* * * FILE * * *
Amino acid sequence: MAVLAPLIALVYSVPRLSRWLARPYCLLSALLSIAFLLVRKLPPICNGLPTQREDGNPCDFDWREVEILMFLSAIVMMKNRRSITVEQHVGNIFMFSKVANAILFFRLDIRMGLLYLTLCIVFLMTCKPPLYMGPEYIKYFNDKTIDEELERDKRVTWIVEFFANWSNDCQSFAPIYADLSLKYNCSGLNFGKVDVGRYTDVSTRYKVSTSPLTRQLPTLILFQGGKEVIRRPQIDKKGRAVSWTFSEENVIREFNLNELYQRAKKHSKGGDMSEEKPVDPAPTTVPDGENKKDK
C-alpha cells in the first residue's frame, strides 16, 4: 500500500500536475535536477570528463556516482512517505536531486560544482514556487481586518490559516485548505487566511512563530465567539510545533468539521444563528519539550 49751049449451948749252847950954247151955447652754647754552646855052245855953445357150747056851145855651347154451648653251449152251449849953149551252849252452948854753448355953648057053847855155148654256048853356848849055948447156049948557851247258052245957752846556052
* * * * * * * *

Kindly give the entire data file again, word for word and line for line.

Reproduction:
Amino acid sequence: MAVLAPLIALVYSVPRLSRWLARPYCLLSALLSIAFLLVRKLPPICNGLPTQREDGNPCDFDWREVEILMFLSAIVMMKNRRSITVEQHVGNIFMFSKVANAILFFRLDIRMGLLYLTLCIVFLMTCKPPLYMGPEYIKYFNDKTIDEELERDKRVTWIVEFFANWSNDCQSFAPIYADLSLKYNCSGLNFGKVDVGRYTDVSTRYKVSTSPLTRQLPTLILFQGGKEVIRRPQIDKKGRAVSWTFSEENVIREFNLNELYQRAKKHSKGGDMSEEKPVDPAPTTVPDGENKKDK
C-alpha cells in the first residue's frame, strides 16, 4: 500500500500536475535536477570528463556516482512517505536531486560544482514556487481586518490559516485548505487566511512563530465567539510545533468539521444563528519539550 49751049449451948749252847950954247151955447652754647754552646855052245855953445357150747056851145855651347154451648653251449152251449849953149551252849252452948854753448355953648057053847855155148654256048853356848849055948447156049948557851247258052245957752846556052